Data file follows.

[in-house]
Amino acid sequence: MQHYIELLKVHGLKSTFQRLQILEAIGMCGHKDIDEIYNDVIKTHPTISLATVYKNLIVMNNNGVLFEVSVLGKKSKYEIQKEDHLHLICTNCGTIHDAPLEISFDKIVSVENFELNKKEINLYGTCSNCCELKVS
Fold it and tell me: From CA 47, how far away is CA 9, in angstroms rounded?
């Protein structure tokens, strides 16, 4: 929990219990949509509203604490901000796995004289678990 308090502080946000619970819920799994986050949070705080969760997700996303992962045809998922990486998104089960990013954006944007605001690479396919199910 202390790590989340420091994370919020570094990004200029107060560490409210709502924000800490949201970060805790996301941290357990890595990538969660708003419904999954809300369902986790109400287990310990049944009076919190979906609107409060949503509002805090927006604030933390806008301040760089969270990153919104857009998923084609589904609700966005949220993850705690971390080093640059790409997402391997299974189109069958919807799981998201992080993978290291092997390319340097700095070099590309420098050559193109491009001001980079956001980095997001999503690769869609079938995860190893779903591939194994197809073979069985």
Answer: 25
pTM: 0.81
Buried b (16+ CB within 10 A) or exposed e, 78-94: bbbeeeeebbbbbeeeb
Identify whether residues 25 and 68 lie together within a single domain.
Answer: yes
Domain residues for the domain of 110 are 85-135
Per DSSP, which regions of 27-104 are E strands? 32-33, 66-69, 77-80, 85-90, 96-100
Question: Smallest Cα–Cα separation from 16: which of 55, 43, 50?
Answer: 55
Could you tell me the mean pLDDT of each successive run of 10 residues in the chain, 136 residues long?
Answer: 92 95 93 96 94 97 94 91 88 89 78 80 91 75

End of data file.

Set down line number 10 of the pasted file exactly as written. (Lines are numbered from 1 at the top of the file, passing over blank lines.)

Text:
Domain residues for the domain of 110 are 85-135